The Industrial Revolution began in Great Britain in the late eighteenth century and spread throughout Europe and North America during the following century. During this time, important socioeconomic transformations took place that made the changes produced in this period called revolution.
The Industrial Revolution supposed a radical change in society and in the economy of the time in which it developed and in all the subsequent evolution of history; and all this thanks to, or because of, mechanization and its application in the manufacture of goods, agriculture and transport. The Industrial Revolution marks the beginning of a new economic system, capitalism, the economic system by which the world is currently governed, and supposed a transformation in the organization of society, social classes, with the appearance of a new group social, the proletariat.
The Industrial Revolution produced the most important change since the Neolithic Revolution, in which man began to cultivate the land, transforming the production of goods. It represented the transition from an agrarian economy to an economy led by industry, in which the production of goods was carried out in a mechanized way. This in turn, caused an increase in commercial activity, with further commercial expansion favoured by improvements in transport.
The new industry was based on the mechanization of production and the application of technical innovations. The most striking was the invention of the steam engine, but many other technical advances were essential, along with the use of new energy sources. Mechanization was also applied to agriculture, which produced a change in agricultural work, increasing its production. Another great novelty was that the production process took place in factories, specific buildings destined for the manufacture of goods, which did not exist until then, which is called the industrial system.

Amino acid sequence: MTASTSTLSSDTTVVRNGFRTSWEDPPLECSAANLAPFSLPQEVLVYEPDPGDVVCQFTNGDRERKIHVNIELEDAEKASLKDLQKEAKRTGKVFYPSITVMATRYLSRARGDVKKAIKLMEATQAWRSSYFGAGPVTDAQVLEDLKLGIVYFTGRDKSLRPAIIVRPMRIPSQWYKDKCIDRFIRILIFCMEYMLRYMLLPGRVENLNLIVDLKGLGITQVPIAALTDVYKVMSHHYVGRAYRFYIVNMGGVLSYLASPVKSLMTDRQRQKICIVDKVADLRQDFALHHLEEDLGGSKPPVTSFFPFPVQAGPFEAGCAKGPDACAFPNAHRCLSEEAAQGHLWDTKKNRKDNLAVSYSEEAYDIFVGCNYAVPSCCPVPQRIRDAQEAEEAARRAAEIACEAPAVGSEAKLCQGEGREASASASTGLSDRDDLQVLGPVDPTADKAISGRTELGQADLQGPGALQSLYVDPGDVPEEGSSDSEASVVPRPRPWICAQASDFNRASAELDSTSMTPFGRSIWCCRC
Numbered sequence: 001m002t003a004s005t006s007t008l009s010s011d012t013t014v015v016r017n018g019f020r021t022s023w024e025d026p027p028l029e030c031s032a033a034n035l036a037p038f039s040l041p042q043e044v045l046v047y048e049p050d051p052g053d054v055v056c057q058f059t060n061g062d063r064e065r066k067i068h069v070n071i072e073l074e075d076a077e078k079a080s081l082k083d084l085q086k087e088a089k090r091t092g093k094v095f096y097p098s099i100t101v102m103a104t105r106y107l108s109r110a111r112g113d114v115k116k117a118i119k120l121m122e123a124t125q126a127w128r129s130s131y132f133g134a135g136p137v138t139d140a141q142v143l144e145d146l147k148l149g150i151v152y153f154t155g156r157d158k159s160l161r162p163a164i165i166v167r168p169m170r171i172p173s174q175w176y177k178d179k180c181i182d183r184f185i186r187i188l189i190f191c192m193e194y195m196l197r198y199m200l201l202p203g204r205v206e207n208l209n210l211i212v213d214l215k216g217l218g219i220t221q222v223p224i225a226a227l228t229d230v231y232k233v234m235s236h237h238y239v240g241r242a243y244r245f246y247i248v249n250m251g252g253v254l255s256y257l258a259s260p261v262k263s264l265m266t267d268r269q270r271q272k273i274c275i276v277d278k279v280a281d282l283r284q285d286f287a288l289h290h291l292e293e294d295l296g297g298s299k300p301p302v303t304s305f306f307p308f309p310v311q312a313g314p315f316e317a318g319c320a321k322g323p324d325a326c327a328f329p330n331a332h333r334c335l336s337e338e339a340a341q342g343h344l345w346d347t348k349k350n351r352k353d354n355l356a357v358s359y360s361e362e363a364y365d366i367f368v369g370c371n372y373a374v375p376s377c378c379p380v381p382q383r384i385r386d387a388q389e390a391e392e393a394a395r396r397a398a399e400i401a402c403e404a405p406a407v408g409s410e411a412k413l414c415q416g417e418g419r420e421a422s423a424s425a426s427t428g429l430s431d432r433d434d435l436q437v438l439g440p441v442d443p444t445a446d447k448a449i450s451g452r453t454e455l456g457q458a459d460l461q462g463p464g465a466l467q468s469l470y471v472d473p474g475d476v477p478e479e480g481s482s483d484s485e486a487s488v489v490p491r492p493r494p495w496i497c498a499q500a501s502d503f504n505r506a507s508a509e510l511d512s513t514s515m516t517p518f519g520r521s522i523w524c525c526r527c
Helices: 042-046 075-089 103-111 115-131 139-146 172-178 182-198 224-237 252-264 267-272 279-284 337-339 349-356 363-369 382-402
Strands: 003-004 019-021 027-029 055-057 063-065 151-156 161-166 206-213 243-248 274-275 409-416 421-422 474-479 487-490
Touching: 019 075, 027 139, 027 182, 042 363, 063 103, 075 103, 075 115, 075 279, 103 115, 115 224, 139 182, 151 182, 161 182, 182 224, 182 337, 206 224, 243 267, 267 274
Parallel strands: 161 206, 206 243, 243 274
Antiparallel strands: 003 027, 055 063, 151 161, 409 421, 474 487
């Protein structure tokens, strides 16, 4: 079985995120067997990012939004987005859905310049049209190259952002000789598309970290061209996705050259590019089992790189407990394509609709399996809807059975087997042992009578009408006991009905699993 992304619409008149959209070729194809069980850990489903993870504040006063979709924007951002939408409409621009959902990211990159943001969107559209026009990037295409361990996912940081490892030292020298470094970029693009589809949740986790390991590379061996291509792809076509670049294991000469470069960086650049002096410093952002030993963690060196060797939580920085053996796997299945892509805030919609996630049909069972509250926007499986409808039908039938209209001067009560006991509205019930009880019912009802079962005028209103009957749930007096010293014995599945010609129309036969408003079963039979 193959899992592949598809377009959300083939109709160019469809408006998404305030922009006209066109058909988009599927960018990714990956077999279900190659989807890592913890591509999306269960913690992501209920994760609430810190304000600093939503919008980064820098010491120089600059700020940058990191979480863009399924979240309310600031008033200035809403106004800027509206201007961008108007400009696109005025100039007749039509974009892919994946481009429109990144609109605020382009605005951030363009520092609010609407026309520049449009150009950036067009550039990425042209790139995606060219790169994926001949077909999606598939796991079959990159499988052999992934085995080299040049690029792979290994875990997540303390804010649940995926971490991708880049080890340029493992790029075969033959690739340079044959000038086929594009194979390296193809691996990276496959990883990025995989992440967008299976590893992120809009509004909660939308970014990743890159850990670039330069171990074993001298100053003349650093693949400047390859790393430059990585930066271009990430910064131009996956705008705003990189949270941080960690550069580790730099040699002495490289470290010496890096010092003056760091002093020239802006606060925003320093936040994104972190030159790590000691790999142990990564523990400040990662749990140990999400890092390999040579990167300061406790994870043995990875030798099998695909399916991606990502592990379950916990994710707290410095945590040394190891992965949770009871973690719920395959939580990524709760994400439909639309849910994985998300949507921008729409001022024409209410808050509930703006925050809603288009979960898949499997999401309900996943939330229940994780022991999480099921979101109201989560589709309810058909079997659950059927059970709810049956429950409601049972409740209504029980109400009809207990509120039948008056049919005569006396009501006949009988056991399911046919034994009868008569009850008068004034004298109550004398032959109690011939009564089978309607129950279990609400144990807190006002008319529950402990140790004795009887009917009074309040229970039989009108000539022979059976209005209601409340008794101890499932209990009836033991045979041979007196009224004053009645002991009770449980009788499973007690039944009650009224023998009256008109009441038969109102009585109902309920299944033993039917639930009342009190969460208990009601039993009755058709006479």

The Industrial Revolution brought about a change in society. Capitalism established the division between capital and labour, which marked the new class society. Capital was owned by the bourgeoisie, which owns factories, financial institutions and commercial companies. On the other side was the proletariat, the workers who worked in the factories, mines or means of transportation in exchange for wages.
Consequently, the Industrial Revolution lays the foundations of our current productive system and, largely, of social and economic organization, hence its great relevance and historical importance.